Tackling a lower-profile issue for the White House, President Donald Trump signed an executive order Wednesday aimed at strengthening child-welfare programs nationwide.
It comes as child-protection agencies across the U.S. struggle with effects related to the coronavirus pandemic.
Health and Human Services Secretary Alex Azar hailed the order as a step toward “bold reforms.” The goals are ambitious — curtailing child maltreatment, strengthening adoption programs and encouraging supports for at-risk families so fewer children need to be separated from their homes and placed in foster care.
An advocate for at-risk children and families, University of Michigan law professor Vivek Sankaran, said it was difficult to give an immediate verdict as to whether the proposals are significant or “a lot of fluff with little substance.”
Sankaran said he found some basis for optimism in the performance of senior HHS official Jerry Milner, “who is desperately trying to change things” since his appointment three years ago to oversee much of the department's child welfare work.
The executive order envisions three basic areas of reform:
—Creating “robust partnerships” between state agencies and public, private, faith-based and community organizations. The goals would include development of community-based, abuse-prevention and family support services and holding states accountable for recruiting an adequate number of foster and adoptive families.
—Improving resources provided to caregivers and those in care. The order says HHS will increase the availability of trauma-informed training, support guardianship through funding and grants, and enhance support for kinship care and for the roughly 20,000 young people who age out of foster care each year.
—Improving federal oversight over key statutory child welfare requirements. Among other steps, this proposal directs HHS to advise states on the possible use of federal funds to support high-quality legal representation for parents and children.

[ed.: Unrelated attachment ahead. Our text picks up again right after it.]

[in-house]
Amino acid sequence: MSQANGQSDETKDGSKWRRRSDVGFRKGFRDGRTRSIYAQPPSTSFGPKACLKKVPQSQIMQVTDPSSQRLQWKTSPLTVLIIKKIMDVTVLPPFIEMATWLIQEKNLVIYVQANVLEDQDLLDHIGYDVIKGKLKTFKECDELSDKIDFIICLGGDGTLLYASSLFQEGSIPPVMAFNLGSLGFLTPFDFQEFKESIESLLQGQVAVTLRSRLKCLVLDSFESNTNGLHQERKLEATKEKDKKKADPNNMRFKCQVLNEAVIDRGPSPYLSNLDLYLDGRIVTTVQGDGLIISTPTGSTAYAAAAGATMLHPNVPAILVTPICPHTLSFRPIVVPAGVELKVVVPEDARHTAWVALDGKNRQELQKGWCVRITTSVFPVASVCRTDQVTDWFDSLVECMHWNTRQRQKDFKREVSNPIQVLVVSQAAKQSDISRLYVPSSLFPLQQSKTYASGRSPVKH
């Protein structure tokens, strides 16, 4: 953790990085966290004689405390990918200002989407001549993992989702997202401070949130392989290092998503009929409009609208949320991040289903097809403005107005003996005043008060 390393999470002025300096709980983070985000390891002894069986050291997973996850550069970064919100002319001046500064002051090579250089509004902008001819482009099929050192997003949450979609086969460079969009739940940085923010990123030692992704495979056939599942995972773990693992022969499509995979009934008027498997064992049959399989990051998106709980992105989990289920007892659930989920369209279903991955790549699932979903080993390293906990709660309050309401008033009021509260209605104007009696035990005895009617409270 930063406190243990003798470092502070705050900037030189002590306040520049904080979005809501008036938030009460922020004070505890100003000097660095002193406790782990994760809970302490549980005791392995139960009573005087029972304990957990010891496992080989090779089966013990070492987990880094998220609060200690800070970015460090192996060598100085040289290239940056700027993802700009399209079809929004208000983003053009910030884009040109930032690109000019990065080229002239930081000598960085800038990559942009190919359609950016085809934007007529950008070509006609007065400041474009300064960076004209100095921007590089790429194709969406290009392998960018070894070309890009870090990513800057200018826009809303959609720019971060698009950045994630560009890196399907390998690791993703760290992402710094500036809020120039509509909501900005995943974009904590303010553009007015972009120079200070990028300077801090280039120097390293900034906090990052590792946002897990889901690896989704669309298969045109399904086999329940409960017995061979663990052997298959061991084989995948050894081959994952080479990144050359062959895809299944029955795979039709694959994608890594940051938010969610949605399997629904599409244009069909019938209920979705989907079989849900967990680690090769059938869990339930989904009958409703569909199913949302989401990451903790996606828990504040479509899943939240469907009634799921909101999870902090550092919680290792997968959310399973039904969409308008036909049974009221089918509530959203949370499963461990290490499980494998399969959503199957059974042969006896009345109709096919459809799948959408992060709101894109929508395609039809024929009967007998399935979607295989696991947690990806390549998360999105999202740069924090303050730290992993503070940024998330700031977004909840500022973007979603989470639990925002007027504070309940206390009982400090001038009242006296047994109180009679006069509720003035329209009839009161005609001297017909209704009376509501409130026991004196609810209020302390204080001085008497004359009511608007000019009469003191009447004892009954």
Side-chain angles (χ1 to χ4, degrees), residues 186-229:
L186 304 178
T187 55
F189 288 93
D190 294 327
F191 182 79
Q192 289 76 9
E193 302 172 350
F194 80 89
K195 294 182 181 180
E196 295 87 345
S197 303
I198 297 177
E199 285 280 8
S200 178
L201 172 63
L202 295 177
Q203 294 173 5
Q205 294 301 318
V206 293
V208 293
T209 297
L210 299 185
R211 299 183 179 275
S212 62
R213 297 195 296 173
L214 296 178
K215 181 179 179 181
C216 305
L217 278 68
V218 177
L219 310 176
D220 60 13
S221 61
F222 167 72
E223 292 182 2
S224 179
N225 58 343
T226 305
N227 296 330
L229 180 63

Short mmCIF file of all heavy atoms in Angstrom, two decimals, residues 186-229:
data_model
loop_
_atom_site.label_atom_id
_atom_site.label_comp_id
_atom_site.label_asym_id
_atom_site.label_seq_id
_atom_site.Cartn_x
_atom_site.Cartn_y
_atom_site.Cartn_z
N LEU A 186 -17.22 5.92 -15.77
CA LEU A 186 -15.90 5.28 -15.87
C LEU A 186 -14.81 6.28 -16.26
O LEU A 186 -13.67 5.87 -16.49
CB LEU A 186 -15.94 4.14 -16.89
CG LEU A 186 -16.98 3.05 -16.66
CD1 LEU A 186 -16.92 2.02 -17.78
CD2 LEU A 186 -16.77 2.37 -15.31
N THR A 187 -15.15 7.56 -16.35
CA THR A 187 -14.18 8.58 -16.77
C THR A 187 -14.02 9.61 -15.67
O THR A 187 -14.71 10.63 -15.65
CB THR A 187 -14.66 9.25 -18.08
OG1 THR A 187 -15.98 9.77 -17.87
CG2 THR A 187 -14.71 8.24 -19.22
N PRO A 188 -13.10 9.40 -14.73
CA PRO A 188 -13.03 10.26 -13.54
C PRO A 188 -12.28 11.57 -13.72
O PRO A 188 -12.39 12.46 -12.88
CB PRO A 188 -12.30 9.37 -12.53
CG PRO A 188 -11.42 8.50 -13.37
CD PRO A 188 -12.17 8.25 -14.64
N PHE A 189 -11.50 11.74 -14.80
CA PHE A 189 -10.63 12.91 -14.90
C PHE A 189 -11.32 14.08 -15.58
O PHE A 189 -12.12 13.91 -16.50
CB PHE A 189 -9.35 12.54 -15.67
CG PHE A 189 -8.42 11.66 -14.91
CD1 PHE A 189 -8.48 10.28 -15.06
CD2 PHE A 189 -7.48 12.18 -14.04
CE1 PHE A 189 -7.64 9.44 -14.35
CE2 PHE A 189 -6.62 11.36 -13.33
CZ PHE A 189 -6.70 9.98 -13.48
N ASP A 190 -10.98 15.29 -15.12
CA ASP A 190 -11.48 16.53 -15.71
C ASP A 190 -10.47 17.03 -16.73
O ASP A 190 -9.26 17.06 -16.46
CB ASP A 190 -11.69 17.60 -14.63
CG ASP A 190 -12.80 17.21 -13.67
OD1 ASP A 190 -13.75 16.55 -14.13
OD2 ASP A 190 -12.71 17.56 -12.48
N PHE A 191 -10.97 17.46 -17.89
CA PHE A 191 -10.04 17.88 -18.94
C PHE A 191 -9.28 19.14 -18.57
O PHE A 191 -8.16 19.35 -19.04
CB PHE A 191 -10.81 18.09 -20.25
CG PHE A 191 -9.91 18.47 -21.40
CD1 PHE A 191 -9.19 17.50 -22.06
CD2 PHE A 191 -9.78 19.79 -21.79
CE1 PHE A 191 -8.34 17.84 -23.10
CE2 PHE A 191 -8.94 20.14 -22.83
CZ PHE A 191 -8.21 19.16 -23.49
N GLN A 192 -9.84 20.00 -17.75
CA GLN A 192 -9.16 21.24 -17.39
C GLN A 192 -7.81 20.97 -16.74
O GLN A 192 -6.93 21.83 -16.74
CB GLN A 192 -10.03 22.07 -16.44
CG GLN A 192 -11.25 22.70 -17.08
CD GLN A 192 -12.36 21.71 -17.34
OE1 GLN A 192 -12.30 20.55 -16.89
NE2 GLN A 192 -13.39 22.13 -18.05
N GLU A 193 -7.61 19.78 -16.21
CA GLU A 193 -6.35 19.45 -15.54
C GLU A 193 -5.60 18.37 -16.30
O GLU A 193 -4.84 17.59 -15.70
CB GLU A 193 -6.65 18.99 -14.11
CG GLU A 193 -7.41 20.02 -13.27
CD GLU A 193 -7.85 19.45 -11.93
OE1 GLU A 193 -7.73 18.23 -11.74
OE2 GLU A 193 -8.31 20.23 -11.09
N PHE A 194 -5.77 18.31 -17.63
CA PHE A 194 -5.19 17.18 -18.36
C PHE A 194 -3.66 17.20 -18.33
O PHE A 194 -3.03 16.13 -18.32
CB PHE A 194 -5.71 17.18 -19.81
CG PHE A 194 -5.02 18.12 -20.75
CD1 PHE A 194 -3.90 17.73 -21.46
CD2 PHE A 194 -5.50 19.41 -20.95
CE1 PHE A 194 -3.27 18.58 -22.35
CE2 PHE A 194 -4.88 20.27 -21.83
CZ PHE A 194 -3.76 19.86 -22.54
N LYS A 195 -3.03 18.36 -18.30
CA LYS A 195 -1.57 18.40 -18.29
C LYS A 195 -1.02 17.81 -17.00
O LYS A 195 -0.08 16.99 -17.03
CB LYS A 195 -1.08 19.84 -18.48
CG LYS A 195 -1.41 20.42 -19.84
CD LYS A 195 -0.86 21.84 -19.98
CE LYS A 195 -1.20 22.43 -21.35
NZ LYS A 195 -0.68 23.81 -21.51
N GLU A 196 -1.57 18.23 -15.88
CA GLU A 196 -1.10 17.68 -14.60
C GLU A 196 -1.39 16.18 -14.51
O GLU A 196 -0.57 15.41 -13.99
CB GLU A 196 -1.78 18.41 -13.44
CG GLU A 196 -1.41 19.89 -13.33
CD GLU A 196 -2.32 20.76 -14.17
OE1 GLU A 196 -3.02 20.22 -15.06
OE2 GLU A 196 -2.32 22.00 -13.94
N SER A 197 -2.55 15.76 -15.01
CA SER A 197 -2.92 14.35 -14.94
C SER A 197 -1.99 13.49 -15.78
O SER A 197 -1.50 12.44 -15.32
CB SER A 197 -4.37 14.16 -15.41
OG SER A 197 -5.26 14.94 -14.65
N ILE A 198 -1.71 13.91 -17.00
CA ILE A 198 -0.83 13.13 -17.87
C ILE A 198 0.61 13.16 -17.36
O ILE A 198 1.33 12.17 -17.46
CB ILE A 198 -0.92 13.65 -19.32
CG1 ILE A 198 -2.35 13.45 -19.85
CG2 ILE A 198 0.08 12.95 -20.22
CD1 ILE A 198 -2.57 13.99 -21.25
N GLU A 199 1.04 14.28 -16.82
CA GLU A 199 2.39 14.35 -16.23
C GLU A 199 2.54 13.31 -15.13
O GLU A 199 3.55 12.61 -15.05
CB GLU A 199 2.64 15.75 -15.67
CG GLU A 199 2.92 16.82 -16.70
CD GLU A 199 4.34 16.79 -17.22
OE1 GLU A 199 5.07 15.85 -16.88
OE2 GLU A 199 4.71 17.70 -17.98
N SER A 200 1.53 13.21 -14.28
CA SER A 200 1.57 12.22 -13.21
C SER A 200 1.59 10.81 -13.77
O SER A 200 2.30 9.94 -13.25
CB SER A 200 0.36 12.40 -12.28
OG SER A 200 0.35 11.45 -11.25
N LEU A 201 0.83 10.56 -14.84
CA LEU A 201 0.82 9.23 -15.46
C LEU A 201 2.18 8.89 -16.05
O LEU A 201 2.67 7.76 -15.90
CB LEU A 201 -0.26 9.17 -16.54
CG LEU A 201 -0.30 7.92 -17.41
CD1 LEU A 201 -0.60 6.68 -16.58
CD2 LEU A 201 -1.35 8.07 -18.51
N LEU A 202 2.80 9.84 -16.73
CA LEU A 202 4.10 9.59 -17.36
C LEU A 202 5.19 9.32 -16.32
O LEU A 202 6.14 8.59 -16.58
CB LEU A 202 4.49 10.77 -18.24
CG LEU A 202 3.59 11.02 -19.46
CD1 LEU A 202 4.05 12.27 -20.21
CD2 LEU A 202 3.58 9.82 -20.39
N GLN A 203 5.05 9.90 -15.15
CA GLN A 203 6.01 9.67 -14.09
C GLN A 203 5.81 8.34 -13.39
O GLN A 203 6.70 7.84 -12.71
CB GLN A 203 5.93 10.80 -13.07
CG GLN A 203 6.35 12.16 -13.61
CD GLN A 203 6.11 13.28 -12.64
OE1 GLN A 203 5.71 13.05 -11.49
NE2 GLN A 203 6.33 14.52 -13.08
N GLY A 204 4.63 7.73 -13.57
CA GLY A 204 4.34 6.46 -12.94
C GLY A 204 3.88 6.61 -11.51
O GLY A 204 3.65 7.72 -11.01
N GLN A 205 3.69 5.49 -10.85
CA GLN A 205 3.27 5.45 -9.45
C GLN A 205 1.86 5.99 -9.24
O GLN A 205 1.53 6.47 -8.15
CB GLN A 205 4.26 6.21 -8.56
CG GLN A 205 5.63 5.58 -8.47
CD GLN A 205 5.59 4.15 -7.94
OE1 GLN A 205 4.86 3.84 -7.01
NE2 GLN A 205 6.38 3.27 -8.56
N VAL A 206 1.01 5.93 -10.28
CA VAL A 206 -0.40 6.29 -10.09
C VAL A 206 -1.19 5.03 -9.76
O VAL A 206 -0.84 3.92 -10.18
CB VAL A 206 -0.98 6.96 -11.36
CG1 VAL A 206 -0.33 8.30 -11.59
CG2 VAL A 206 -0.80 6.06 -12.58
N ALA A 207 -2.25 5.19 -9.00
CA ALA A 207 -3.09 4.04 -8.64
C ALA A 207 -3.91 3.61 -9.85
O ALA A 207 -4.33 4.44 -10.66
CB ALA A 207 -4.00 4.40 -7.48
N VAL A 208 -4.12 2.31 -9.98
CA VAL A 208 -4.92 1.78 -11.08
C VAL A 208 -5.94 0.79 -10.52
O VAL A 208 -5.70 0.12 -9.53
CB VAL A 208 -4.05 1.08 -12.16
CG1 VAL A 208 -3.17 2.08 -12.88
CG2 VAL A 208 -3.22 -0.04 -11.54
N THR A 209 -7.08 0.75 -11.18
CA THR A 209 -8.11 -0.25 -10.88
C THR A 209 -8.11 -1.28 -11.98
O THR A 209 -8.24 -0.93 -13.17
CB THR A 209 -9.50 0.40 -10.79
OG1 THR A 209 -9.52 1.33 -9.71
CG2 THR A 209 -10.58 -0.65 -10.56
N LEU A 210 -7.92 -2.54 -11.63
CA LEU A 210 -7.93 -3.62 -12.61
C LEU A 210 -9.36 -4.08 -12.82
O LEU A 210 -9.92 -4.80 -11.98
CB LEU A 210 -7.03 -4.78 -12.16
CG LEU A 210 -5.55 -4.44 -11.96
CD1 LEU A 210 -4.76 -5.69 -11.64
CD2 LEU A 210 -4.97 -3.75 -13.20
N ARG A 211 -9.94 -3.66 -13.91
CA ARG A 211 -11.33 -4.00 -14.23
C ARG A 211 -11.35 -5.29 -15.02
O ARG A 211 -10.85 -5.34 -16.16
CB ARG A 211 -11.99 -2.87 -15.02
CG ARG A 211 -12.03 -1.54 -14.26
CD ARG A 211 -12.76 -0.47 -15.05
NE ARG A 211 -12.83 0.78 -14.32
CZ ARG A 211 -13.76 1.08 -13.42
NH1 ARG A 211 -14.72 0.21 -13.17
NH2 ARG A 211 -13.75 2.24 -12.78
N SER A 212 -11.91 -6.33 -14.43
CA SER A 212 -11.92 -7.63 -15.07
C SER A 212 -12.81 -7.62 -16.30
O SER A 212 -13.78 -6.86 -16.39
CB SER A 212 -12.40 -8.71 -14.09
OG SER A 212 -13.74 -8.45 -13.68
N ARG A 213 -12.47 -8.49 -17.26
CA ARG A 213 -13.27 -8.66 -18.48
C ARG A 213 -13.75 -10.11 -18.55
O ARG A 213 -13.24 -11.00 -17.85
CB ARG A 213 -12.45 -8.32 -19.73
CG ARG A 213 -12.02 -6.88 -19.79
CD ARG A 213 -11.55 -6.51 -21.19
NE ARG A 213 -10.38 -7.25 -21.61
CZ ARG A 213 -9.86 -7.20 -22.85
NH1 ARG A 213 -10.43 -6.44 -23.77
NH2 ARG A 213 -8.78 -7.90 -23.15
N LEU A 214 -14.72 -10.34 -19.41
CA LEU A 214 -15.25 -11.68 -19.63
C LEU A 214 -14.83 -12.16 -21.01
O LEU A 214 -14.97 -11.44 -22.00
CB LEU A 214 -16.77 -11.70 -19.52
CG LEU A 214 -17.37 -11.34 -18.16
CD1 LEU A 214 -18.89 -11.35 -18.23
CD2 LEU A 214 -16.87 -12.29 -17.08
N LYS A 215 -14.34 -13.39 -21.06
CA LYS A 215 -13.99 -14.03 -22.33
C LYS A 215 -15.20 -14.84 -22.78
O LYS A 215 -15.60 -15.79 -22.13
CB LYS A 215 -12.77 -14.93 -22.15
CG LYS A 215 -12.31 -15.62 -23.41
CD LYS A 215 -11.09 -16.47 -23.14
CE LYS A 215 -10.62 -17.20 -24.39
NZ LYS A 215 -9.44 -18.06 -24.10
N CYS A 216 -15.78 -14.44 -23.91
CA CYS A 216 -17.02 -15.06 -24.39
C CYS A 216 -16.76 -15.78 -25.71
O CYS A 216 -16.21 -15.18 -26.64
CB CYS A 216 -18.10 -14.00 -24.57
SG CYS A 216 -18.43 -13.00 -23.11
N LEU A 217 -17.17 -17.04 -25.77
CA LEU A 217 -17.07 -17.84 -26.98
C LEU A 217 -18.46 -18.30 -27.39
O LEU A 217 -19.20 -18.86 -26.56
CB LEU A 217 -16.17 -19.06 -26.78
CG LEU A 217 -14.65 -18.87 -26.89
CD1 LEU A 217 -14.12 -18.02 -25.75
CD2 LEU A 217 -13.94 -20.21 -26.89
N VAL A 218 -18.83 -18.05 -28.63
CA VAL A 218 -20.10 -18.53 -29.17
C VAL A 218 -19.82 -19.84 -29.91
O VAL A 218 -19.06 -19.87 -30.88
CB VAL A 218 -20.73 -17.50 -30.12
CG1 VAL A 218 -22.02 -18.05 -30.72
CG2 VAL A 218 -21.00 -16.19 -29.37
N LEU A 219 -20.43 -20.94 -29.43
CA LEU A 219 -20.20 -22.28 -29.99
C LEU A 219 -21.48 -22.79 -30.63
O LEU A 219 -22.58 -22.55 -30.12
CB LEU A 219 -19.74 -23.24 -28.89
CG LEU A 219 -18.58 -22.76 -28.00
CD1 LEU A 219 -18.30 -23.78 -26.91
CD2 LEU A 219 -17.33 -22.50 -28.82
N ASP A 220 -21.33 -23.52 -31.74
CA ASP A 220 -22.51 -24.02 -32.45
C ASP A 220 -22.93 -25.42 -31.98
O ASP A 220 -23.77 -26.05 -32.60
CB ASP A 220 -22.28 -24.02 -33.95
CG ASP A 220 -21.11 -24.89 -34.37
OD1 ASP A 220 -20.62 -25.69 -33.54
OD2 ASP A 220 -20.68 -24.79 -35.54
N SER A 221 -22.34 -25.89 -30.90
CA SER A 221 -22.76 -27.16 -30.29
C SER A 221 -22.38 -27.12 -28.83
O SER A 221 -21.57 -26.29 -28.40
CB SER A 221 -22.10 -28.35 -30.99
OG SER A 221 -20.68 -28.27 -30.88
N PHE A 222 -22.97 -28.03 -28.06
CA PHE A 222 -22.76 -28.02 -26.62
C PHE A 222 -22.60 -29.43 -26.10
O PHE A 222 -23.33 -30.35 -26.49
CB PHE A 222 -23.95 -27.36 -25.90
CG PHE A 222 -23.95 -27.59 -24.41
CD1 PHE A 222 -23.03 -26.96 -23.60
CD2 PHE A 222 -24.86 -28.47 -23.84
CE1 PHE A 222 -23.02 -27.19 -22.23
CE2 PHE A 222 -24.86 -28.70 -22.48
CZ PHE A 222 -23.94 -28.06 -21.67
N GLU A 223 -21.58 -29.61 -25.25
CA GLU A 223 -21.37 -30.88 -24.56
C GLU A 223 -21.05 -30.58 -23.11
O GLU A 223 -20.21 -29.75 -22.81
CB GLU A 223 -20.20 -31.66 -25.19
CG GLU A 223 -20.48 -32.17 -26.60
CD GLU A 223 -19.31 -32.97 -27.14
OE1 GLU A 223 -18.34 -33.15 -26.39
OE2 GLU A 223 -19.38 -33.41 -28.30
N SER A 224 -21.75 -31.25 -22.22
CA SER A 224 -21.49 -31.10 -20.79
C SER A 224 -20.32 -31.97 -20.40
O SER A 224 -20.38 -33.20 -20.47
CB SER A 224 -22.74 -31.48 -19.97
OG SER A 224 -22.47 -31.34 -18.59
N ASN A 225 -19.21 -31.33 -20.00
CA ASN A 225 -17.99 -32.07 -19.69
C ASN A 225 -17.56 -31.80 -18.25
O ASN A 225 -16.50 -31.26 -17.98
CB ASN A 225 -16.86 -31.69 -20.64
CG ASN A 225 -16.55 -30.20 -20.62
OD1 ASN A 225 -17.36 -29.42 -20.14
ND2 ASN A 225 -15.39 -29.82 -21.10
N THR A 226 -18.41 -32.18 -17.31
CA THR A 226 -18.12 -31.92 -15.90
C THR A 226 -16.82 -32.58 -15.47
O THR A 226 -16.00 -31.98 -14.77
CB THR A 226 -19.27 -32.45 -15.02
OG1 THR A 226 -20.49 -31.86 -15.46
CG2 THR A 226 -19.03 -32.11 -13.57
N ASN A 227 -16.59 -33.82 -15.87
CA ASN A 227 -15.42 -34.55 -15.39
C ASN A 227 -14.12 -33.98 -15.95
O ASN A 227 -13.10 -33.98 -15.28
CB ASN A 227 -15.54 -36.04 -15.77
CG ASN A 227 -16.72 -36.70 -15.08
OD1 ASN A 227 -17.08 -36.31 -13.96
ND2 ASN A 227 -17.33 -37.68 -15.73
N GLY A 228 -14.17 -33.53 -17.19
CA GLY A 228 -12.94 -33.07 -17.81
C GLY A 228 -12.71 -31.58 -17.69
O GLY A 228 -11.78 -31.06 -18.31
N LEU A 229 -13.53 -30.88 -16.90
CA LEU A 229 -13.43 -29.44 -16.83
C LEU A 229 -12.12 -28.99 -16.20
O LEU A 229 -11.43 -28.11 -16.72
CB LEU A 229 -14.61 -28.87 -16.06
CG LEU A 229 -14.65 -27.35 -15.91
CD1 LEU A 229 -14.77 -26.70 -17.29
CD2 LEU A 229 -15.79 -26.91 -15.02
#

Martin Guggenheim, a law professor at New York University who focuses on children’s rights and family law, said he was heartened by the mention of legal representation.
“Rigorous research proves that improving parent representation is one of the best ways to promote the safety, permanency and well-being of children,” he said via email. “It significantly reduces the amount of time children must endure the trauma of foster care,”
“But of course we need to see the fine print,” he added. “The executive order speaks in broad strokes and I look forward to seeing the details.”
According to HHS, there are about 430,000 children now in the U.S. foster care system, including nearly 124,000 who are eligible for adoption,
HHS said its Administration for Children and Families has helped to reduce the number of children entering foster care. For the fiscal year 2019, it expects that entries into foster care will total about 250,000 — down 9% from 2016.
Eileen Pasztor, a California-based child welfare advocate with experience as a foster parent and adoptive parent, said HHS should emphasize the importance of kinship care — the steadily growing practice of placing children with relatives rather than with foster parents who are not part of the extended family.
“But such arrangements only are effective when these relatives — able to provide important cultural identity — have essential financial and other supports,” Pasztor said.
The coronavirus pandemic has caused an array of problem for child-protection agencies across the U.S.. Some family court proceedings have been disrupted, at times delaying a child’s exit from foster care to return home. Many biological parents have been denied normally routine in-person visits with children placed in foster care. And some agencies say it’s become harder than ever to recruit new foster parents.
The executive vice president of Children’s Aid, a private agency that provides foster-care services in New York City, said inquiries from prospective foster parents have dropped to around 10 a month during the pandemic, compared to a normal average of 40 to 50 per month.
“Obviously people are concerned about taking in children,” said Georgia Boothe. “COVID-19 has tempered their interest.”
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